Postcards From The Clipping Plane
Conveniently ignoring the serious side of videogame development
James Leach becomes romantically entangled with an annoying NPC
As someone who plays games I have to admit I’m a sucker for the simple tricks devs play. The Christmas trees and snow that crop up in online games during the festive season. The nods to other games and even to the popular culture of the time. Yep, it can all get a bit meta and date awkwardly, but I find it endears the creators to me.
Earlier in the year I was tasked with adding some DLC in this vein for Valentine’s Day. A sultry vixen love interest nonplayer character was required in a game for the players to fall in love with. Yes, I know the many obvious problems here. You don’t have to roll your eyes.
I explained to the team that females also play games, and nobody ever falls in love with the sultry NPCs. Nobody ever falls in love with videogame characters full stop. Unless it’s the love you feel for a brave German Shepherd or a leave-no-man-behind platoon leader. But nope, we have to create this gorgeous vision of shimmering loveliness and get it in by February.
I have to say, the results surpassed my expectations. Lucy, I decided, would have a no-nonsense tough personality. She’d allude to having carved her own path through the game before cropping up. She’d also give out info that the player might not know. A few little bonuses and even an unlock code or two. For this reason if no other, I thought the player would want her around.
Then I tried playing my masterstroke. I created lines of dialogue that made it clear she was keen on the player. Such were the mechanics of the game, the player could in fact do nothing about this, but, because I’m a bear of little brain, I hoped the unrequited, never-to-be element would cause love to flower in the hearts of all those playing the game.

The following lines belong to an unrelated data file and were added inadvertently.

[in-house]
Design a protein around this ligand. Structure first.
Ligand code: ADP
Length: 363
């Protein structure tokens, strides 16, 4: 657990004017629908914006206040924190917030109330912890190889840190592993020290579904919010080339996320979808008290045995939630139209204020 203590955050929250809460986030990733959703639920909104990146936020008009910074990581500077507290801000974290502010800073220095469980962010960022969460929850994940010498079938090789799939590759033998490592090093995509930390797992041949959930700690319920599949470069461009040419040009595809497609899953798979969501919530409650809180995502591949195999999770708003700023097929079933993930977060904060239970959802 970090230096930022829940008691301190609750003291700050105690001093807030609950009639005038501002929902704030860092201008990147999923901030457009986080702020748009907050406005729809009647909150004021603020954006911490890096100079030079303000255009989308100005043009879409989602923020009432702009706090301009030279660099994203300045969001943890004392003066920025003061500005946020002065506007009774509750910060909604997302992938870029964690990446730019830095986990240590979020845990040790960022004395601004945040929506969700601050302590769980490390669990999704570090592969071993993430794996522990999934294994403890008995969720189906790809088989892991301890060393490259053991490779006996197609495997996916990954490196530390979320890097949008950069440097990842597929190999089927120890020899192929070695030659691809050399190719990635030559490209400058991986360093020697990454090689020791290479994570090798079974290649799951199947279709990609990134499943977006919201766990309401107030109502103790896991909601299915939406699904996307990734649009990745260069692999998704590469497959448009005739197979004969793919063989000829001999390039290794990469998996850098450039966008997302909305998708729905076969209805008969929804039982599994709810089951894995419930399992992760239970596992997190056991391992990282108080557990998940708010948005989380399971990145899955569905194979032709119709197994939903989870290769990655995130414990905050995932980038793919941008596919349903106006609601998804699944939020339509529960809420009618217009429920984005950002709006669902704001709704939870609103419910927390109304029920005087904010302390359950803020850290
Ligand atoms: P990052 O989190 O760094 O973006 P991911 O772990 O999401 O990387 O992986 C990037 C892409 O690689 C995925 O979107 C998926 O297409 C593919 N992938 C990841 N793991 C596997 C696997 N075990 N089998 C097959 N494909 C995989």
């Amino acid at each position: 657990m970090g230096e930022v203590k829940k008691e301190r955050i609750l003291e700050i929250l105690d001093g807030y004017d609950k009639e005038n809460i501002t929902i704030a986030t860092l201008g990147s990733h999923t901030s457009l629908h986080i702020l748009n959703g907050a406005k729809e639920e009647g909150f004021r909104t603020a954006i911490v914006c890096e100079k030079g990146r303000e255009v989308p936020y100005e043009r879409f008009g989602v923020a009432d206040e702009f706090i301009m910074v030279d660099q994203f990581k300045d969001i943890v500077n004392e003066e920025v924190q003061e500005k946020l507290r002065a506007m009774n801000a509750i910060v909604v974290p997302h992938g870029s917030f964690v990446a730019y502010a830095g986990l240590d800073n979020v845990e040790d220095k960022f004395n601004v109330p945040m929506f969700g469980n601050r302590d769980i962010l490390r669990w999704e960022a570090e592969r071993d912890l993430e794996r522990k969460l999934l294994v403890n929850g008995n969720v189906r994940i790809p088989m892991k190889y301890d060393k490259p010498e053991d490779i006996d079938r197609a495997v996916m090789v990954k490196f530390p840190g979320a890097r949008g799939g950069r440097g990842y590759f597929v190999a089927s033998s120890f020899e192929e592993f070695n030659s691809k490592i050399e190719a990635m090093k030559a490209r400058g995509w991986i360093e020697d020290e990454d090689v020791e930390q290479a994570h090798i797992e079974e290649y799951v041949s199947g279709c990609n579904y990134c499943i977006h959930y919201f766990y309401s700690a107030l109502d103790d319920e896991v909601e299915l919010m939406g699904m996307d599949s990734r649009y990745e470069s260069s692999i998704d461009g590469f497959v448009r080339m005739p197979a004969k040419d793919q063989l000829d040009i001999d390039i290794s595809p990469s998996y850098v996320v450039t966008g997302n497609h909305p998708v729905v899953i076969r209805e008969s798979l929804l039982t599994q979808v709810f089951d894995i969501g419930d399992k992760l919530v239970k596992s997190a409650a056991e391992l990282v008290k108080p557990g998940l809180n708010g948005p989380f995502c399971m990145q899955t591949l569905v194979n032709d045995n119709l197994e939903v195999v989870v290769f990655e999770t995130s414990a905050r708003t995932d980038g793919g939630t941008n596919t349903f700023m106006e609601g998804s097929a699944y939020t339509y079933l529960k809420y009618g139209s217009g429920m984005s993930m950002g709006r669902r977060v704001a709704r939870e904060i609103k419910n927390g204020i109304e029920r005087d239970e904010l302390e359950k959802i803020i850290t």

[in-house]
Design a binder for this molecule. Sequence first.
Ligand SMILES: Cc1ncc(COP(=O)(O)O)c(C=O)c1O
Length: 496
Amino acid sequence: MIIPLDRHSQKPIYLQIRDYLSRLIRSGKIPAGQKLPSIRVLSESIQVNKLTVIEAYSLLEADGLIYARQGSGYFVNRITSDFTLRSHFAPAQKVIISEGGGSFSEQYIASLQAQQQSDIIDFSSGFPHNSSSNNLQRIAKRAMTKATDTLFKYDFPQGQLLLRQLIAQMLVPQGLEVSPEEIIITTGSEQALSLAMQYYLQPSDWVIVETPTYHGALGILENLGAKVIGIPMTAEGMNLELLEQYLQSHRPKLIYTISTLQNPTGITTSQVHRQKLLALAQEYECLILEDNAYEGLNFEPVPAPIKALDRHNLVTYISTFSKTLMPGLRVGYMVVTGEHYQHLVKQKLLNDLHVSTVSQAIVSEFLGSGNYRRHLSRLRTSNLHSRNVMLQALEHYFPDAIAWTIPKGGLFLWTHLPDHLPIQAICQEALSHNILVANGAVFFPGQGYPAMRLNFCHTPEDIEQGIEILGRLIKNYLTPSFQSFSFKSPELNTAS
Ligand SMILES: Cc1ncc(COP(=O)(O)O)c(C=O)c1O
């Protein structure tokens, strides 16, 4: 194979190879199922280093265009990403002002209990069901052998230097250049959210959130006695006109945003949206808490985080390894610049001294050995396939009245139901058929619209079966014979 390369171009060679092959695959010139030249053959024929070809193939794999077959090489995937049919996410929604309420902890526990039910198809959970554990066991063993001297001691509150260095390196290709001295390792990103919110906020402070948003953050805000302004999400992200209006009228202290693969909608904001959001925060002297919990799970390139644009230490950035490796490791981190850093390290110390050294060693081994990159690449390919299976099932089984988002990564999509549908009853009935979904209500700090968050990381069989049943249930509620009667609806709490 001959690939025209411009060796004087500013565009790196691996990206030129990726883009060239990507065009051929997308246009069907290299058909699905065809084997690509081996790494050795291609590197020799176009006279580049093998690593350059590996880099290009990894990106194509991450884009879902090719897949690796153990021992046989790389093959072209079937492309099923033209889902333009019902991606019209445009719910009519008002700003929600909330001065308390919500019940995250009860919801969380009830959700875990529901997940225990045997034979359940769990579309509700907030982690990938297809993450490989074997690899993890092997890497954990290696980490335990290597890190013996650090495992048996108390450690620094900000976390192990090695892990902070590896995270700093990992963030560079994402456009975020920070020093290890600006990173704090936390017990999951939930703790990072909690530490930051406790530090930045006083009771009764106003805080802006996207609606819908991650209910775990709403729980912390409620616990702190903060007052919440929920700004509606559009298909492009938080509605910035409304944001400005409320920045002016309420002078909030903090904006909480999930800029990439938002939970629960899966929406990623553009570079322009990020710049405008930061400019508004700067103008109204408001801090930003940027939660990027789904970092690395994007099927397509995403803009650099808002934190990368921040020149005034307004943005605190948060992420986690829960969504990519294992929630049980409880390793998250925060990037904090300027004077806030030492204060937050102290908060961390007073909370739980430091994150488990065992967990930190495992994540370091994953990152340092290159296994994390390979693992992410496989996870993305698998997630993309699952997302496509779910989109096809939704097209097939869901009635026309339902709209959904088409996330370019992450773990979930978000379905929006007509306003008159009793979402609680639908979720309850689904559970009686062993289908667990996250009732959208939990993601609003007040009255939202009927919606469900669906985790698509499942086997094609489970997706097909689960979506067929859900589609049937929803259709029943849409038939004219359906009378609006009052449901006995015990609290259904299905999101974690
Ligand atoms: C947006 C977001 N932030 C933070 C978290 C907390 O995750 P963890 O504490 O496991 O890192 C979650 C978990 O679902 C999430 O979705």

What actually happened when she was in and being tested was very different. Instead of her being smart, confident, useful and alluring, the verdict from all who experienced her was that she was extremely annoying. Passions among those who did missions with her ran high, but not in any way romantically. Plans were made to drop her but we had a better idea. She was to stay, irritate the player then was to be killed by enemies in a senselessly satisfying way. Once she was gone, we would find a scrap of diary in which she professed her love for the player. Plus give a load more useful info on how to proceed. I didn’t want that last bit but the team did, so in it went.
We were left with a love story that never was, a relationship doomed from the start with an irksome NPC and some fairly decent tips on what to do next. It somehow felt right. And what I liked was that finding a character annoying, or funny, or simply interesting is the key. Love and hate don’t translate well to game characters. Ain’t, as the saying goes, nobody got time for that. But to engender some feeling is great. The big fail is to create something or someone nobody even has an opinion on, and Lord knows I’ve done a few of those over the years.
Chiefly, though, bothering to acknowledge some real-life annual event in a game sends the message to those playing it that the team are still there, they still care and they value you as a customer enough to spend hours doing something for you. Even if the result is an overbearing, soon-to-expire woman in a crop top and covered in tattoos.
So what next? Deliberately make our characters annoying because it’s at least a reaction? No, I think this was a one-off and we got away with it. Writing for the audience and hoping they have the visceral responses you want is the road to madness. The characters have to be what they are. My trade secret – well, not a secret now – is to give them four traits. Four elements that define their personalities, and to have one of those change during their journey through the game. It isn’t always possible, but it’s satisfying when it happens. Occasionally have them say something pseudo-profound and, probably most of all, give them names that people aren’t embarrassed to say out loud in the playground, park or pub. The truth is, I’m never really sure how much people care. It’s rare for me to listen to a character in a game I’ve had nothing to do with and not simply judge the quality of the writing and the voice acting. And to cringe when I hear the same line twice in game. People do repeat themselves in real life, but hearing the exact same line in a game makes my teeth itch, so irritating Lucy, at least, never did, even when she was getting raked by enemy fire. And now she’s dead and we all have to live with that. Until Easter. Ooh, I’ve just had an idea…
People repeat themselves in real life, but hearing the exact same line in a game makes my teeth itch
James Leach is a BAFTA Award-winning freelance writer whose work features in games and on television and radio